[Fwd: Re: 3 connections as one]

Julian Elischer julian at elischer.org
Thu Jun 26 17:07:52 UTC 2008

Matthew Dillon wrote:
>     You can do it for outgoing connections fairly easily using the NAT
>     trick (with PF), but you can't really load balance multiple links
>     without support from some outside entity.  If one of the tunnels goes
>     down you can fail-over but any pre-existing connections will die and
>     have to be re-established on the remaining link(s).  That generally
>     works ok for TCP but is total hell for UDP (because the source address
>     will suddenly 'change' on an existing 'connection' and often trigger
>     security blocks or simply break the program in question when it does).
>     I've got a DSL connection and a Cable internet connection at home now,
>     having replaced the T1 I had had for many years.
>     I tried using the NAT trick using PF for outgoing but was never happy
>     with the results under max load (and my links are typically running
>     at 100% 24x7).  I wasn't able to get fail-over to work properly with
>     PF at all... the network was actually less reliable instead of more
>     reliable and using NAT meant I had very little control over port
>     selection or reverse-IP.
>     I eventually gave up and now just use my DSL line for all my normal
>     traffic, and my cable link for my off-site backup traffic.
>     --
>     I'm planning out a new solution, one that a friend of mine implemented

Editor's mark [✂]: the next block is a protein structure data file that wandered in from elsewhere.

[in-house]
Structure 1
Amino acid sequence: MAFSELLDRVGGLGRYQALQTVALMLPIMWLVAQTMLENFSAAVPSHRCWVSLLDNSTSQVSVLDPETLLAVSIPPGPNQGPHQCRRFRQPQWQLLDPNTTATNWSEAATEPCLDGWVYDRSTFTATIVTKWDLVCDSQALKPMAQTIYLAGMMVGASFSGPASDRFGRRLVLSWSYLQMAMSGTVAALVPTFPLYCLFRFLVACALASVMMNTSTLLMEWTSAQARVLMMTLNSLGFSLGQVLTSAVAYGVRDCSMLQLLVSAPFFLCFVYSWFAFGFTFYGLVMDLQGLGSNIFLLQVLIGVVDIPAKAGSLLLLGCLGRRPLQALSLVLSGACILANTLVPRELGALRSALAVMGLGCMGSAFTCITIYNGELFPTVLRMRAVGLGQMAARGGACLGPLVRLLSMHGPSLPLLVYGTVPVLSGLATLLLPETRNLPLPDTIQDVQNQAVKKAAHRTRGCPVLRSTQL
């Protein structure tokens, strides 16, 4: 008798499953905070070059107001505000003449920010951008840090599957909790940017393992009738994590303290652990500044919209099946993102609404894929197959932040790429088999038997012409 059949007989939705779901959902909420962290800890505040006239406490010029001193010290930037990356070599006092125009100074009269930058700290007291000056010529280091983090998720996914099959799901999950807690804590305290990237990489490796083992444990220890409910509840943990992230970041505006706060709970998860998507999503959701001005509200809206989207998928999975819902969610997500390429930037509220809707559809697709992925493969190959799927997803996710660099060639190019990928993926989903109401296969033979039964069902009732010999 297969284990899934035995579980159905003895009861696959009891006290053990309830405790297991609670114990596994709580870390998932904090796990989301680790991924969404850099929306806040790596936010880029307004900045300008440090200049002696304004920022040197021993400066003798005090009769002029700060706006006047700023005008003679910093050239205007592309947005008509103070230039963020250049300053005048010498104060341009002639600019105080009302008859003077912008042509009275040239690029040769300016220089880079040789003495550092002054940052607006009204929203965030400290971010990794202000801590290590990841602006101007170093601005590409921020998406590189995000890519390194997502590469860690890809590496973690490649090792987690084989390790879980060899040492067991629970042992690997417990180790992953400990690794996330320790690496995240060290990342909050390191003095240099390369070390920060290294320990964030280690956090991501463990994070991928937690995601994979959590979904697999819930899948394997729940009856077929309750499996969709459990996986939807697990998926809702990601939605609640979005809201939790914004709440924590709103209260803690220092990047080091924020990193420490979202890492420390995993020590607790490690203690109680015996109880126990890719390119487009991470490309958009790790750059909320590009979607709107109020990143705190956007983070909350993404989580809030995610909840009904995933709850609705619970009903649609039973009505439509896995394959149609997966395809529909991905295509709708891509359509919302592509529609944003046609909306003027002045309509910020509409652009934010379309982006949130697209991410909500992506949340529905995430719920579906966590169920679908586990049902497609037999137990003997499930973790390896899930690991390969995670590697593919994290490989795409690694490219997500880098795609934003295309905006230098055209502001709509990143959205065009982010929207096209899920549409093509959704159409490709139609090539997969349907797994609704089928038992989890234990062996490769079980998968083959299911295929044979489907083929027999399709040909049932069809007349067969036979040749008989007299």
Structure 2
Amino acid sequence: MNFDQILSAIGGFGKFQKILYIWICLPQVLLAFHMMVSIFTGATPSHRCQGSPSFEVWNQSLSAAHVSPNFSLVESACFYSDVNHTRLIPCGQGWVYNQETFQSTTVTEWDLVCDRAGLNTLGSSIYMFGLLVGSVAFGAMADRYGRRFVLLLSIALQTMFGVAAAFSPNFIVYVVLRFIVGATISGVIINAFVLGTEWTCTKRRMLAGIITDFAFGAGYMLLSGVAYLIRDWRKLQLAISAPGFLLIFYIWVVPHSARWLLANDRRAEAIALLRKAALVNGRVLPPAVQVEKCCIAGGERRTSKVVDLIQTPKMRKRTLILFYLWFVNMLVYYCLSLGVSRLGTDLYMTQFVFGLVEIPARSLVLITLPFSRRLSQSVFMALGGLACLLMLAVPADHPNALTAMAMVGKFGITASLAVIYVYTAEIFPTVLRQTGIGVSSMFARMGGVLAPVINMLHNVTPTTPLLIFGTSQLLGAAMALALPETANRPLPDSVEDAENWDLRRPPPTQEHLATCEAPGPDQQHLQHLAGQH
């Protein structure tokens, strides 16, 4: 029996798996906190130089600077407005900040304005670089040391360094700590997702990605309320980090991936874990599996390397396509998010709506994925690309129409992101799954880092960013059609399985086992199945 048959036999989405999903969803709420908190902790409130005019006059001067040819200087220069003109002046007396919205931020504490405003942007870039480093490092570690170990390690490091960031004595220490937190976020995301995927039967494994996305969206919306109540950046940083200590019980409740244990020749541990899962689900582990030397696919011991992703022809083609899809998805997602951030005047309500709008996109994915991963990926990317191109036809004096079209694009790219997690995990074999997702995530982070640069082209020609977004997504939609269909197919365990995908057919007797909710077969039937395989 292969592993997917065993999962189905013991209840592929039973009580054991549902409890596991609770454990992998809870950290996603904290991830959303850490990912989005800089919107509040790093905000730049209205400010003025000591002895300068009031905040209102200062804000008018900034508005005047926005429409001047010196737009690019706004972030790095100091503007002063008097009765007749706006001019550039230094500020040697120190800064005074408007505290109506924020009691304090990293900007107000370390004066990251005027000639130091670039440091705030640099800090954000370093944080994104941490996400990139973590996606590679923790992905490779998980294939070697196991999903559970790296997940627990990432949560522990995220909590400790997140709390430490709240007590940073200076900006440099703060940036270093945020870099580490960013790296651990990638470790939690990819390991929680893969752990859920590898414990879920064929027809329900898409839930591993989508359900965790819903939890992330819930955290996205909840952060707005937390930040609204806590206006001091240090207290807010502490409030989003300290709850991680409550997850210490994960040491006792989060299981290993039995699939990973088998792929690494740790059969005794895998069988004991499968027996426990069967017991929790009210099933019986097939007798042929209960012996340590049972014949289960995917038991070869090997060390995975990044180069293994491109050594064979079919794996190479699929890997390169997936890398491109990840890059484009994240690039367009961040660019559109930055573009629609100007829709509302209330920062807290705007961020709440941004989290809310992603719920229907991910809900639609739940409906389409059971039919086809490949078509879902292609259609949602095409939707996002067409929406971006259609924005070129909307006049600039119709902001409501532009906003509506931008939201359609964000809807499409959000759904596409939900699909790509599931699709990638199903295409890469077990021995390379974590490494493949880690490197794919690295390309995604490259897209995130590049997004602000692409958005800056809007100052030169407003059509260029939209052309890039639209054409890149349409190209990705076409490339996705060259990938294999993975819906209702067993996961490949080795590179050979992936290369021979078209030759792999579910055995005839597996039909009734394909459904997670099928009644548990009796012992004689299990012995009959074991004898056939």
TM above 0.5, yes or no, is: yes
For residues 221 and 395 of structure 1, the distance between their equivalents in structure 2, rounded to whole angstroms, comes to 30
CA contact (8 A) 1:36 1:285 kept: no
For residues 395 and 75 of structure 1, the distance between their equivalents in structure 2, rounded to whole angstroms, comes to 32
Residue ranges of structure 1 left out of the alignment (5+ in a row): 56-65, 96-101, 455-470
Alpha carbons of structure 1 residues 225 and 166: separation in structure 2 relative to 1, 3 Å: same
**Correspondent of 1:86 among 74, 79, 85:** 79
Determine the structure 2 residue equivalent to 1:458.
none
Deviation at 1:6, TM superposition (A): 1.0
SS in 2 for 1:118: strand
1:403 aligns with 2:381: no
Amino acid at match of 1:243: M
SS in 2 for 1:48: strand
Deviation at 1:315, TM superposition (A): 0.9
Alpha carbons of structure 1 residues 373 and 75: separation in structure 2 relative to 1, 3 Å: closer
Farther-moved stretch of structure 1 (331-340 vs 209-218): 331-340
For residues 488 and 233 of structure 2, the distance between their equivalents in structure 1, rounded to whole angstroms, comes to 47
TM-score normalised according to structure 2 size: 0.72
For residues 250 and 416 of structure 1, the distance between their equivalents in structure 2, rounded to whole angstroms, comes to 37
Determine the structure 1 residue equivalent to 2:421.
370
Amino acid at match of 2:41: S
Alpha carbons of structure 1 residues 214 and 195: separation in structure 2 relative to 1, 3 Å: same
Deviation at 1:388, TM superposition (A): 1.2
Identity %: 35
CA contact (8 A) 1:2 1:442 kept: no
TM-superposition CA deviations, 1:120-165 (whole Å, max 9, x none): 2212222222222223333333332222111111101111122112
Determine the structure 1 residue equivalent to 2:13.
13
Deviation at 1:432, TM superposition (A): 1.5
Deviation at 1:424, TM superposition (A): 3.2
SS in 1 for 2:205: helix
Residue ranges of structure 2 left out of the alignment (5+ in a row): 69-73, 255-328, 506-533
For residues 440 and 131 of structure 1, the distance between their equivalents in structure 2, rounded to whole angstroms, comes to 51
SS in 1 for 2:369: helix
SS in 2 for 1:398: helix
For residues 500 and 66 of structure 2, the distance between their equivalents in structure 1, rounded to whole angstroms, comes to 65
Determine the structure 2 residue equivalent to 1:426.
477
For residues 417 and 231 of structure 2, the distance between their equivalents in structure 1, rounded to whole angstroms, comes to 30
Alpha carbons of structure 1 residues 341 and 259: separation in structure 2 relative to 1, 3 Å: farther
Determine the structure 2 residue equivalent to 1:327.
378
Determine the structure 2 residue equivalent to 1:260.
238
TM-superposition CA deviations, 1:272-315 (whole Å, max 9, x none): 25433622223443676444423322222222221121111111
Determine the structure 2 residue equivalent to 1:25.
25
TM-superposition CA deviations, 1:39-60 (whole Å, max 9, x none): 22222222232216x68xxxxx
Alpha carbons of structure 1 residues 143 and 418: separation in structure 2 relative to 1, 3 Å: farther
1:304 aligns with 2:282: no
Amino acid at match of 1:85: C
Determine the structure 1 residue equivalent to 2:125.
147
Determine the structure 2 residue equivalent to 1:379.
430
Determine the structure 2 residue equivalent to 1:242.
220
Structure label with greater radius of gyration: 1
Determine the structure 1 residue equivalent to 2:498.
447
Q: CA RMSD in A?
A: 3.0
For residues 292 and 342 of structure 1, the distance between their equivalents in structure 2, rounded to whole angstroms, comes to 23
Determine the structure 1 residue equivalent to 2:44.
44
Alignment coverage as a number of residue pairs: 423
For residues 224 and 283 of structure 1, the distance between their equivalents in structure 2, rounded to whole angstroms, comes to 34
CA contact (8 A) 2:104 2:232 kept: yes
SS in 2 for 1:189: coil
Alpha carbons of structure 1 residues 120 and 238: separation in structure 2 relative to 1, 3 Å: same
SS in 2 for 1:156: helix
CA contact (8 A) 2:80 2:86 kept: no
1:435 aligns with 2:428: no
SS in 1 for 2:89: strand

>     with a portable class C he owns at a colo with a single link which I
>     want to extend to multiple links.  The idea is to chop off a subnet from
>     the colo-routed class C and run it to the home box over multiple tunnels
>     (one over COMCAST, one over DSL).
>     I am going to run all the tunnels through a single user program on my
>     router box and backhaul it into a TUN interface (using PF on the TUN
>     interface for QOS), and have the user program do all the load balancing
>     and fail-over.  Since the whole mess is routing a single subnet, no
>     NAT tricks are needed and packets can be routed 100% dynamically.
>     There would be no disconnections or UDP IP address changes.
>     The only caveat is that the colo adds another 10ms to the round-trip
>     time verses a direct connection.  But on the plus side the home network
>     can operate uninterrupted over however many discrete internet links I
>     have access to, including modem dial backup or a directional WIFI link
>     between friend's houses.

I've done that running mpd to split the load over the tunnels from the 

if either tunnel goes down mpd hickups nd hten everything keeps going..

>     --
>     I still gotta find time to write that program but there's nothing 
>     fancy about the concept.  Maintain multiple links, route packets over
>     the links that are up... simple stuff really.  DragonFly has a number
>     of utilities that make the job easy which FreeBSD folks might want to
>     look into:
> 	http://www.dragonflybsd.org/cvsweb/src/usr.sbin/vknetd/
> 	(vknetd is a packet switch, complete with a MAC cache & forwarding).


> 	+ SOCK_SEQPACKET support in the kernel for unix domain sockets.
> 	  (it wouldn't be too hard for FreeBSD to implement SOCK_SEQPACKET
> 	  and stream connection support via unix domain sockets, it took
> 	  less then a day to get it into DFly).
>     Having a packetized stream socket connection to a user program (vknetd)
>     which implements a packet switch takes all the effort out of messing
>     around with network routing, literally.

mpd does this for me..

> 						-Matt

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